Naisa

Native American and Indigenous Studies Association

The premiere international & interdisciplinary professional organization for scholars, graduate students, independent researchers, and community members interested in all aspects of Indigenous Studies.

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For Native American peoples in the Southeastern United States, the long nineteenth century was a period of dramatic change. Forced to rebuild their villages, towns, and farmsteads after the fighting of the American Revolution left their homelands in ruins, the indigenous peoples of the South drew on their rich traditions, and, as historian James Taylor Carson observes, engaged in processes of political and cultural innovation to bring peace and prosperity back to the lives of Native Southerners. Despite these efforts, and as the master narrative of Native American history has taught generations of American students, the federal government’s policy of removal undermined these efforts and culminated in one of the most inglorious episodes in American history: the forced migration of Native Americans from their Southeastern homelands to Indian Territory in the trans-Mississippi West.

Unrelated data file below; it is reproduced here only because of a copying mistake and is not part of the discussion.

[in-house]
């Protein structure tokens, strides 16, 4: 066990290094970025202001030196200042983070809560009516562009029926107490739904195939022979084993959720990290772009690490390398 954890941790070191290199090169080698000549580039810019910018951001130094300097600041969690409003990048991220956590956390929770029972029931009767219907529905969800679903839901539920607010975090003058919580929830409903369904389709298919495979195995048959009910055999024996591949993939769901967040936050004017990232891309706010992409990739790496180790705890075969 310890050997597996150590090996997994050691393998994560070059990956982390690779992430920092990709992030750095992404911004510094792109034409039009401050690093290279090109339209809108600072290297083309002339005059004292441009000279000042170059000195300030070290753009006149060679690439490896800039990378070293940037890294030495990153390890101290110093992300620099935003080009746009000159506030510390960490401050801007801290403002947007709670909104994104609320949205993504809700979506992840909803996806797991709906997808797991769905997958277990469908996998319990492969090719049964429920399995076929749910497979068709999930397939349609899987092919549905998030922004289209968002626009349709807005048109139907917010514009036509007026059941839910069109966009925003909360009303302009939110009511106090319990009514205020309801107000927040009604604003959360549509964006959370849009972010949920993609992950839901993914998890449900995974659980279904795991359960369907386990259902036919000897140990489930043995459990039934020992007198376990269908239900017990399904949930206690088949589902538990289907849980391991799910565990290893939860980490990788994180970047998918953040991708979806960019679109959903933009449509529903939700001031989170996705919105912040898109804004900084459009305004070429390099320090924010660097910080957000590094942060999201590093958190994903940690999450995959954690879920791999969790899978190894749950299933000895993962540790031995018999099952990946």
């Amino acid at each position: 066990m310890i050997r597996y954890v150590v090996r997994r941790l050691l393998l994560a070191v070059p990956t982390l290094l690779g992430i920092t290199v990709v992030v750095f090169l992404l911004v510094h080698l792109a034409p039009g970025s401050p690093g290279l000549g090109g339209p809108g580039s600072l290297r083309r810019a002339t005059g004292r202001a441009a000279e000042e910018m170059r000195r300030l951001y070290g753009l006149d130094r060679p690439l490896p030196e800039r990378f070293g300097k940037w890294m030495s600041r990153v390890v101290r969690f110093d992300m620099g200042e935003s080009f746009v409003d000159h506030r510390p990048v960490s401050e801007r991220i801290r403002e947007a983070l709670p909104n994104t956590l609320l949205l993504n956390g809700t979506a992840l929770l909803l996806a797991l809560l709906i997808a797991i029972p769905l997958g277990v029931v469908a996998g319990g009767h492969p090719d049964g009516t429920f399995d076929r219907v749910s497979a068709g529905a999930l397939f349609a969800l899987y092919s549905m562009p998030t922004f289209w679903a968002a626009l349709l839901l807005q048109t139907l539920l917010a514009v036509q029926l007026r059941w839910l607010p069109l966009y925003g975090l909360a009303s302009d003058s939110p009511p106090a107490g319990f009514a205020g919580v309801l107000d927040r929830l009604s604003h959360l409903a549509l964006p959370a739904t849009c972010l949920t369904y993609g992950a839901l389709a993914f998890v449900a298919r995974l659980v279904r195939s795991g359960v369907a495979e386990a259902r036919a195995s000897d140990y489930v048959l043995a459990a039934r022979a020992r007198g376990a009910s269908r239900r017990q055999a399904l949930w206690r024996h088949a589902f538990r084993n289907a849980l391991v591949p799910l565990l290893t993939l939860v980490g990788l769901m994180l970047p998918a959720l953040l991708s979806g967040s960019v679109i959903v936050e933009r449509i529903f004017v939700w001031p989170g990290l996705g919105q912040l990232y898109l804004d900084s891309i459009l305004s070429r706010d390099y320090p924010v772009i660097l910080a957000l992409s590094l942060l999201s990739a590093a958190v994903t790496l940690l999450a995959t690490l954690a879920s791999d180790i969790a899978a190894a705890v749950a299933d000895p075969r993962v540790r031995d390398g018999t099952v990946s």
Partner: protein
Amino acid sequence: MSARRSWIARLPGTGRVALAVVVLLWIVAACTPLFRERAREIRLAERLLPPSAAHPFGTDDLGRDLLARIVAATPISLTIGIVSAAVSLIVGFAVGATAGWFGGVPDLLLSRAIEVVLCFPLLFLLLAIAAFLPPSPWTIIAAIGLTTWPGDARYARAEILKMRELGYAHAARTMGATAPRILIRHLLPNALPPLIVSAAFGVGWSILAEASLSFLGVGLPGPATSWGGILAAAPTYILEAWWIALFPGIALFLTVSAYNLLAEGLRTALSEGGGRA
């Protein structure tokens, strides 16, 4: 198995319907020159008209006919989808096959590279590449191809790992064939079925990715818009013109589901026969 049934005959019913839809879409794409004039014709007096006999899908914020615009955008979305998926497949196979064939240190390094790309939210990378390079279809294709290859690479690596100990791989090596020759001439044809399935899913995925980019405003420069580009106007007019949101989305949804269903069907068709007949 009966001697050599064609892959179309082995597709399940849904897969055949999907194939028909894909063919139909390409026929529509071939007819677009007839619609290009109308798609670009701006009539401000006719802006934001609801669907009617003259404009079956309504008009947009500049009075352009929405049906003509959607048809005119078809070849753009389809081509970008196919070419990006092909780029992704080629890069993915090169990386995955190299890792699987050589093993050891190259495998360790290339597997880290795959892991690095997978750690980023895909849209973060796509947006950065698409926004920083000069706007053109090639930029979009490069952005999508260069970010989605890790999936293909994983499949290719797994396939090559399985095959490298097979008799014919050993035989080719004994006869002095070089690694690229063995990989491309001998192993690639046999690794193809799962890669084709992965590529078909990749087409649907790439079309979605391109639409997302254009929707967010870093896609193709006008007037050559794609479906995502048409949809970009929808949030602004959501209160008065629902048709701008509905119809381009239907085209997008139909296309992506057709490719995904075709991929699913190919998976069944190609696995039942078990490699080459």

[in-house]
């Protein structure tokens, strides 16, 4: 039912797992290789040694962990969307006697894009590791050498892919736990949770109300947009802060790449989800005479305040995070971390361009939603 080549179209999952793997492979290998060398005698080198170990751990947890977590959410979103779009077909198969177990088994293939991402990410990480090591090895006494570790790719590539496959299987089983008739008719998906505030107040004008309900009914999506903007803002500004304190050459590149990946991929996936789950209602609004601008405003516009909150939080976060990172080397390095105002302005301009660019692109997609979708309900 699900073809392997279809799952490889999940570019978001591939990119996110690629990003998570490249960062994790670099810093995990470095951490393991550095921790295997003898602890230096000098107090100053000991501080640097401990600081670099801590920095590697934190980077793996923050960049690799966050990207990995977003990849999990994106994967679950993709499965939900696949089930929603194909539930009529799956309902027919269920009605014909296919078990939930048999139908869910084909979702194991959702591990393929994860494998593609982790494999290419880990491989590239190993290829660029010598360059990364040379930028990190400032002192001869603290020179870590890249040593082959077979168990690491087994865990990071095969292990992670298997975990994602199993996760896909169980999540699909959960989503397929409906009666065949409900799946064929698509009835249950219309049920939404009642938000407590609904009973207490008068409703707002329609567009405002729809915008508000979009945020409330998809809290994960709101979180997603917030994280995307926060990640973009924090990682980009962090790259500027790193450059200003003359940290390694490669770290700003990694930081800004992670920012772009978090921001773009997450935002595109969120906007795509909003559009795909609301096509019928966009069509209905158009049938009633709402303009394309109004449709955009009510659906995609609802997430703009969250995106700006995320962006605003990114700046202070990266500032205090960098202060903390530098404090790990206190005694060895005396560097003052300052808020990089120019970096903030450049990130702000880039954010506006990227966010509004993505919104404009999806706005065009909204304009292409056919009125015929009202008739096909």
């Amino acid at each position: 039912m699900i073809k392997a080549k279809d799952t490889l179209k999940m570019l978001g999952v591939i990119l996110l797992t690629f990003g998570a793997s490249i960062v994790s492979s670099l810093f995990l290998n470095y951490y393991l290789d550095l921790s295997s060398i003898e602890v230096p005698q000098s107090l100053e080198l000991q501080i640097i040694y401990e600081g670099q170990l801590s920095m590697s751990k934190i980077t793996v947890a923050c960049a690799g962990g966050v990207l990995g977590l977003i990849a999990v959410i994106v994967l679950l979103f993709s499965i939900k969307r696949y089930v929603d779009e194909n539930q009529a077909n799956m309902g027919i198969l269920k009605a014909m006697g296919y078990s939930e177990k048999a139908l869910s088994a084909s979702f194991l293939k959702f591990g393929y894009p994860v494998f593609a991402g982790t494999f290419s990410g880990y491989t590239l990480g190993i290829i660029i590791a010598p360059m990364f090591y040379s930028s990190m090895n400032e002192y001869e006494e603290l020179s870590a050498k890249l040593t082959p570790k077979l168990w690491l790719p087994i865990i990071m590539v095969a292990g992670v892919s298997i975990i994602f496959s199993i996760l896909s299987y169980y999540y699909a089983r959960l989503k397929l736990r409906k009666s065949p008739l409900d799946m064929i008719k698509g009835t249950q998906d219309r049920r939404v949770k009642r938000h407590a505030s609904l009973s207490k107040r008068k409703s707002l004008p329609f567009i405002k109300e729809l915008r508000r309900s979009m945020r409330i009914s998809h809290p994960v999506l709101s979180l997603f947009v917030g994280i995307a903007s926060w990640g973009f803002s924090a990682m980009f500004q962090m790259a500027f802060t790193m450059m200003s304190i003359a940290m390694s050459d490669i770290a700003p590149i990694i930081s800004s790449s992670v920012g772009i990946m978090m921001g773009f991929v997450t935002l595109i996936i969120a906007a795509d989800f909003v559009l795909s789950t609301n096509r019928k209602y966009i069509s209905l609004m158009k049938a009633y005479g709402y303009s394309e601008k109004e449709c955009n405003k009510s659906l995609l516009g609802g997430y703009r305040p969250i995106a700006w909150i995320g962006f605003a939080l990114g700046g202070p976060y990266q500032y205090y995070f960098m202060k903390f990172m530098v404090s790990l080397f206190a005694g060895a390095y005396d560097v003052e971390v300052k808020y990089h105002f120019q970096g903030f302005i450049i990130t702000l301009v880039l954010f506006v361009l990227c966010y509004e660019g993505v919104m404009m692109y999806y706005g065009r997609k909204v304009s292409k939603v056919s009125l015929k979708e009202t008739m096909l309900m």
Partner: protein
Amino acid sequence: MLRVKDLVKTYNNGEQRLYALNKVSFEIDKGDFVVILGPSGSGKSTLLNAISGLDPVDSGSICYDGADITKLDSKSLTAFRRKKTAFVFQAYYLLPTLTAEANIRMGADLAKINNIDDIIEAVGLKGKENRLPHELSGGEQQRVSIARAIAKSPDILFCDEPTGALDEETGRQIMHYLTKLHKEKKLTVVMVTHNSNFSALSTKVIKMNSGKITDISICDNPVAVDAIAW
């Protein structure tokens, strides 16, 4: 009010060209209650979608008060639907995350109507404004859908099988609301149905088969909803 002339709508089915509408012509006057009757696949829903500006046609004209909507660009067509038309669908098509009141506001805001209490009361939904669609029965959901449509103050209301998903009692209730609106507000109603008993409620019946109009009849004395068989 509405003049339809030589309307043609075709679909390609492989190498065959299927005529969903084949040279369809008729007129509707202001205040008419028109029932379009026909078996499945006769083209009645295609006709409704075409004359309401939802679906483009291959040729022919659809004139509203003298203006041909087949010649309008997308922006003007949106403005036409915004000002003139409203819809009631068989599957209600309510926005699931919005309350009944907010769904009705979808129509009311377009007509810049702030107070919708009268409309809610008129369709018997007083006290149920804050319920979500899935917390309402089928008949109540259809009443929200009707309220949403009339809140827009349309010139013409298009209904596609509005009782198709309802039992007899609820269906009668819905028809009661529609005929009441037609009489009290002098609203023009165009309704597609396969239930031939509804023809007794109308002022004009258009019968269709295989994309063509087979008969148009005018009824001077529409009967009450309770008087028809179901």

This special issue of American Nineteenth Century History calls for papers that reconsider the history of nineteenth-century Native Americans in the American South. Both historiographical essays and original pieces of scholarship are welcome. The editor is particularly interested in papers that provide new perspectives on the Native South in the early republic; reveal the enduring importance of spiritual and ceremonial traditions to Native Southerners during the long nineteenth century; interrogate the political economy of the South from indigenous perspectives; reevaluate issues pertaining to Native sovereignty and land title; engage with indigenous histories of race, gender, and sexuality; and introduce readers to the political, economic, and sociocultural strategies employed by Native Americans who remained in the Southeast after the removal era to sustain communities and foster collective identities.